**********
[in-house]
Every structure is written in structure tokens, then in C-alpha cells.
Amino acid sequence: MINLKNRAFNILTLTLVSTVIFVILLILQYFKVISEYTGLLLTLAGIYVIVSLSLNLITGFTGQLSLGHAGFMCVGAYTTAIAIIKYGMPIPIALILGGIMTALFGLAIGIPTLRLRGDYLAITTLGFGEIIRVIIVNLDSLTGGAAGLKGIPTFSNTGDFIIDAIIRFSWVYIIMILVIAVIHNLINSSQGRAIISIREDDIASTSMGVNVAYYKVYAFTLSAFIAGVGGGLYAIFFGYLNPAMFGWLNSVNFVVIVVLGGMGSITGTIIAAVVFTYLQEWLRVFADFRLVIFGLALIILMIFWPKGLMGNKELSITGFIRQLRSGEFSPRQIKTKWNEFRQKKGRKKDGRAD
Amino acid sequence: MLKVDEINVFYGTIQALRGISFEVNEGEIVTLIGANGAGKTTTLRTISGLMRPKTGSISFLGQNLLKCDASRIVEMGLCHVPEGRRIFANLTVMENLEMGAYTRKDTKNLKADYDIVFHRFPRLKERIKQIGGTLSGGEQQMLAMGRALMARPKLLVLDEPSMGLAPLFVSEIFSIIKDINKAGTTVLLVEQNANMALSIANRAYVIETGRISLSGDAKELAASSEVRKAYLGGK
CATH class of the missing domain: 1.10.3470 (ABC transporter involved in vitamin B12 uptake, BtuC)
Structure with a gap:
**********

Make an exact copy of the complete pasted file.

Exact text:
[in-house]
Every structure is written in structure tokens, then in C-alpha cells.
Amino acid sequence: MINLKNRAFNILTLTLVSTVIFVILLILQYFKVISEYTGLLLTLAGIYVIVSLSLNLITGFTGQLSLGHAGFMCVGAYTTAIAIIKYGMPIPIALILGGIMTALFGLAIGIPTLRLRGDYLAITTLGFGEIIRVIIVNLDSLTGGAAGLKGIPTFSNTGDFIIDAIIRFSWVYIIMILVIAVIHNLINSSQGRAIISIREDDIASTSMGVNVAYYKVYAFTLSAFIAGVGGGLYAIFFGYLNPAMFGWLNSVNFVVIVVLGGMGSITGTIIAAVVFTYLQEWLRVFADFRLVIFGLALIILMIFWPKGLMGNKELSITGFIRQLRSGEFSPRQIKTKWNEFRQKKGRKKDGRAD
Amino acid sequence: MLKVDEINVFYGTIQALRGISFEVNEGEIVTLIGANGAGKTTTLRTISGLMRPKTGSISFLGQNLLKCDASRIVEMGLCHVPEGRRIFANLTVMENLEMGAYTRKDTKNLKADYDIVFHRFPRLKERIKQIGGTLSGGEQQMLAMGRALMARPKLLVLDEPSMGLAPLFVSEIFSIIKDINKAGTTVLLVEQNANMALSIANRAYVIETGRISLSGDAKELAASSEVRKAYLGGK
CATH class of the missing domain: 1.10.3470 (ABC transporter involved in vitamin B12 uptake, BtuC)
Structure with a gap: